Royce White was just as impressive in front of a microphone at the Combine as he was on the court last season (Iowa State Daily photo)

Overall, White was hands down the best interview in Chicago. Most prospects simply try not to hurt themselves during the interview process and choose to answer with standard player clichés: “I’ll do anything the team wants me to [...] I can play any position [...] My shot is better than I showed last season.” But White gave honest answers to every question, coming off as a confident young man that understands himself and his game. “Very mediocre; average,” said White about his jump shot. “Hopefully I can have the ball in my hands, I kind of proved that I’m good doing it. But if I don’t, that’s fine as well,” he said when asked about having to play off the ball in the league.

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Night Line: Missouri Plays Through Adversity in Rebound Victory

Posted by EJacoby on January 12th, 2012

Evan Jacoby is an RTC columnist and contributor. You can find him @evanjacoby on Twitter. Night Line will run on weeknights during the season, highlighting a major storyline development from that day’s slate of games.

If Missouri is going to be a serious contender by the end of this season, they’re going to need to win several games in the fashion that they did on Wednesday night. Playing with just five available players in the final minutes and with their leading scorer having an off night, the No. 9 Tigers still found a way to pull out a road win over streaking Iowa State in Ames. Mizzou was coming off a 16-point loss in Kansas State’s raucous arena in their last game, so defeating ISU under adverse conditions was huge for this team’s confidence. “We had a tough loss at Kansas State, and when we came back the next day in practice, the whole week we focused on being mentally tough,” said senior Matt Pressey, and that toughness is exactly what carried the Tigers to the 76-69 victory. While tougher challenges lie ahead, Missouri found out on Wednesday that they can win on the road even when things don’t go their way, a great sign going forward.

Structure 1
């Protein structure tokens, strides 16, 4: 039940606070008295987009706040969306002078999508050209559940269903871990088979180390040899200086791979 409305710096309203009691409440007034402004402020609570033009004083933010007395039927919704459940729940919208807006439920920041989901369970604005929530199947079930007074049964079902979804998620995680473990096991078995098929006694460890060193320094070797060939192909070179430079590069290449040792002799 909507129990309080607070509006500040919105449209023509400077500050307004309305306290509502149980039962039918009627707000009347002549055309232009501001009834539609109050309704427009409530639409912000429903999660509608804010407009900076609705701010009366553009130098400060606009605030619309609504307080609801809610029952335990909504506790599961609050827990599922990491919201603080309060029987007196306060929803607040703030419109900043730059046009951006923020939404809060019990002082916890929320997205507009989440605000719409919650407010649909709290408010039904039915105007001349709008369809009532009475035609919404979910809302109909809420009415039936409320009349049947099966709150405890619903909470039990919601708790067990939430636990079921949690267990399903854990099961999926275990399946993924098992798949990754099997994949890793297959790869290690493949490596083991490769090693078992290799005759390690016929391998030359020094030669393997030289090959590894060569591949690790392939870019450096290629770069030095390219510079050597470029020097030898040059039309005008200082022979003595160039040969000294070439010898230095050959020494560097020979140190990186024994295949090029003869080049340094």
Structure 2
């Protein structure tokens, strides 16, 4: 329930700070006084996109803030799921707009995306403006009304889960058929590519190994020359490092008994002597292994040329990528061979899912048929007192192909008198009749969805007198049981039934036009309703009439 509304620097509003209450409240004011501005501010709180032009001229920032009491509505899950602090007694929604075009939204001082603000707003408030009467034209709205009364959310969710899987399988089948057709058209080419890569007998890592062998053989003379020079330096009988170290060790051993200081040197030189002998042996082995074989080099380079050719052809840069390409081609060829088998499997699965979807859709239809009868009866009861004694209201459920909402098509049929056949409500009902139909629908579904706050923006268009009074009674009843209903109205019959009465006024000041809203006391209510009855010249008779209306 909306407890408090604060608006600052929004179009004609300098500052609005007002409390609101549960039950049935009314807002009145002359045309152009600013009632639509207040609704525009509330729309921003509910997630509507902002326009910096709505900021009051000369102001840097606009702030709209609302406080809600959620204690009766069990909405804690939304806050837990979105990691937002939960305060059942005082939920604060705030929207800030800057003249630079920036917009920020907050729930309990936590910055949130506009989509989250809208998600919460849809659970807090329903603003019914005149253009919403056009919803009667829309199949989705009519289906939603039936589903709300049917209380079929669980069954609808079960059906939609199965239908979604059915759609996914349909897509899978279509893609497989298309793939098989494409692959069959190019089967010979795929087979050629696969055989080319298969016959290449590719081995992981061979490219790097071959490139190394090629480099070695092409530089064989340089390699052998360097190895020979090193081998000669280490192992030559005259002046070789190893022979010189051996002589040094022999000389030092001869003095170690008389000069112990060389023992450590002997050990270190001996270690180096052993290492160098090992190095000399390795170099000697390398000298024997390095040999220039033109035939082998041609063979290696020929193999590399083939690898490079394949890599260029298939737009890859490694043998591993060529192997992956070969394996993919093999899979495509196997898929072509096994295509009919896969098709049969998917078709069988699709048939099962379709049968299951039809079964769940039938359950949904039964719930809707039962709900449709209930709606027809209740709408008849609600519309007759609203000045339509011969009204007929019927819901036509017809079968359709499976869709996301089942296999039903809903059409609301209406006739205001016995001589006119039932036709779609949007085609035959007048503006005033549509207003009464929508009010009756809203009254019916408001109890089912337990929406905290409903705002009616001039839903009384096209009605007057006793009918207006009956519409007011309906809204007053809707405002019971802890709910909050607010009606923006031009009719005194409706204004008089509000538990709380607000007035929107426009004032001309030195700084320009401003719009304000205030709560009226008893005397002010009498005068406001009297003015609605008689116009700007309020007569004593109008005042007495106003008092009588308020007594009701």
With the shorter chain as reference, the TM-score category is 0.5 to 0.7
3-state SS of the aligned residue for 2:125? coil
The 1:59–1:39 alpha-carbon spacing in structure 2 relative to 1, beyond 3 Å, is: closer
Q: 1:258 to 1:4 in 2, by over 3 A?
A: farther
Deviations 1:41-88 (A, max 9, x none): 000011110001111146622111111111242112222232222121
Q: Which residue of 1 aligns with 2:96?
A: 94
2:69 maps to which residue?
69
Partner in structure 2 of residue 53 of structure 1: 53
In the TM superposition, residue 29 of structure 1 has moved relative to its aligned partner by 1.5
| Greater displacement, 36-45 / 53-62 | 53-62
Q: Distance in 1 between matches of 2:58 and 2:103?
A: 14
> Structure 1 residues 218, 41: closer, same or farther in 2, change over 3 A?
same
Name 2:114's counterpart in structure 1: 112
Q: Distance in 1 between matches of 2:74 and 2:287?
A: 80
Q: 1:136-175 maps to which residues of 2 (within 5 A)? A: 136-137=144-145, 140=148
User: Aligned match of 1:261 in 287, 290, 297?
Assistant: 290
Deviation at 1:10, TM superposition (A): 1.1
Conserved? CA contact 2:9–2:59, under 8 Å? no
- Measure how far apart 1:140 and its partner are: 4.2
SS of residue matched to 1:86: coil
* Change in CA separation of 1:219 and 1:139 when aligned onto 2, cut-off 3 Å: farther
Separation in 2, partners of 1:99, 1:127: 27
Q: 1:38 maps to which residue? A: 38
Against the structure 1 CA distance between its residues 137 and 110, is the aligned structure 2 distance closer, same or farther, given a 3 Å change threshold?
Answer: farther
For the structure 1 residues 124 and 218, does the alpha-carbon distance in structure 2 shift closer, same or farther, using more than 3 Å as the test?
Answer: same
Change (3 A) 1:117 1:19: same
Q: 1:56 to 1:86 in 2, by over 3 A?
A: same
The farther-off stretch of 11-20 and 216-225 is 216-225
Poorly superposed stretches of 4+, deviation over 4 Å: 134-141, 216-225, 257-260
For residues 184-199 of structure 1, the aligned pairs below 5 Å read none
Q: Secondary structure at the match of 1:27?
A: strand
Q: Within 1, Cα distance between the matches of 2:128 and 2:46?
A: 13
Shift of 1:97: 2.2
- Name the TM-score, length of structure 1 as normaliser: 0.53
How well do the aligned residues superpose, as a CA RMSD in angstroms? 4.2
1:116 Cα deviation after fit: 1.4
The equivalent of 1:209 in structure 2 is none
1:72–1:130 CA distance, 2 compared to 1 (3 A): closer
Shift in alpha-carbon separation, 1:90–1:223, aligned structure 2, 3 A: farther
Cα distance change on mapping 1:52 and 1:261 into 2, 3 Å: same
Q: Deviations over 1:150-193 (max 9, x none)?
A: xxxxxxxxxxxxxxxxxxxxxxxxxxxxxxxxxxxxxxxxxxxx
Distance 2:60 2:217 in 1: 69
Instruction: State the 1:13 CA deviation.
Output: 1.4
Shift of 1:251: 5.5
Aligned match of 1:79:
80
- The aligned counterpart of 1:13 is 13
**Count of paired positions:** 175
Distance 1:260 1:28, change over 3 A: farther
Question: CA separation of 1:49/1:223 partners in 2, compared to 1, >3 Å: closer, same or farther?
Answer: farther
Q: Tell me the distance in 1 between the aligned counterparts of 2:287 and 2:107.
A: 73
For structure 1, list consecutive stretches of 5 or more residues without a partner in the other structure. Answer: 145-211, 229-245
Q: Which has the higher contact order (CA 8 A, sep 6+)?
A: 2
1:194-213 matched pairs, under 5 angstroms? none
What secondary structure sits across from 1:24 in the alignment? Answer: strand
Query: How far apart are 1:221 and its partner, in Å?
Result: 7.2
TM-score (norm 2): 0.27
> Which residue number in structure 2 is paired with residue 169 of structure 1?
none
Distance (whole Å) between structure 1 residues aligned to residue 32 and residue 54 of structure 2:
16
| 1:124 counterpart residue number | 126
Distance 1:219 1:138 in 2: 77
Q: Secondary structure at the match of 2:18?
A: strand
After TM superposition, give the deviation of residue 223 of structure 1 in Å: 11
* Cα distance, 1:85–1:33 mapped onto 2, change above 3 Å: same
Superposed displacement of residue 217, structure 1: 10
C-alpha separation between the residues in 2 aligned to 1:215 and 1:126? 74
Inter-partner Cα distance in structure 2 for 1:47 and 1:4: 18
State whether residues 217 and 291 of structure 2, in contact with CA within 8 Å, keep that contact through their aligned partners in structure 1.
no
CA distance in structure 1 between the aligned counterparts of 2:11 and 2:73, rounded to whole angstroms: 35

Matt Pressey Showed Big Time Toughness in Mizzou's Win Over Iowa State (AP Photo)

Everything went right for Missouri during non-conference play, to the point where many pundits thought they were playing better than anyone in the country. The Tigers were dominant in victories over Cal, Notre Dame, and Villanova, and also defeated Illinois in the Braggin’ Rights game on way to a 13-0 start. But reality has quickly struck for Mizzou, who, in addition to getting spanked by K-State in its first conference road game, found out that freshman Kadeem Green requested to transfer out of the program. Though not a major contributor, Green was part of Frank Haith’s eight-man rotation as the third big man alongside star forward Ricardo Ratliffe and reserve Steve Moore that could bang inside and grab some boards (he averaged 3.4 rebounds in 10 games). Now, Haith plays just seven guys per night, only two of whom stand taller than 6’8”, so there will be plenty of times when the undersized Tigers have little margin for error against their opponents.

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Set Your TiVo: 01.11.12

Posted by EJacoby on January 11th, 2012

Evan Jacoby is an RTC columnist and contributor. You can find him @evanjacoby on Twitter. See bottom of the post for the Official RTC Star System.

Will the number one team in the land survive a rivalry road test? Can Missouri bounce back from its recent beatdown to win an away game? Here’s what to expect from two Top 10 teams in tough spots tonight:

#1 Syracuse at Villanova – 7:00 PM ET on ESPN2 (***)

Can Villanova Save Its Season Tonight by Beating #1 Syracuse? (AP Photo)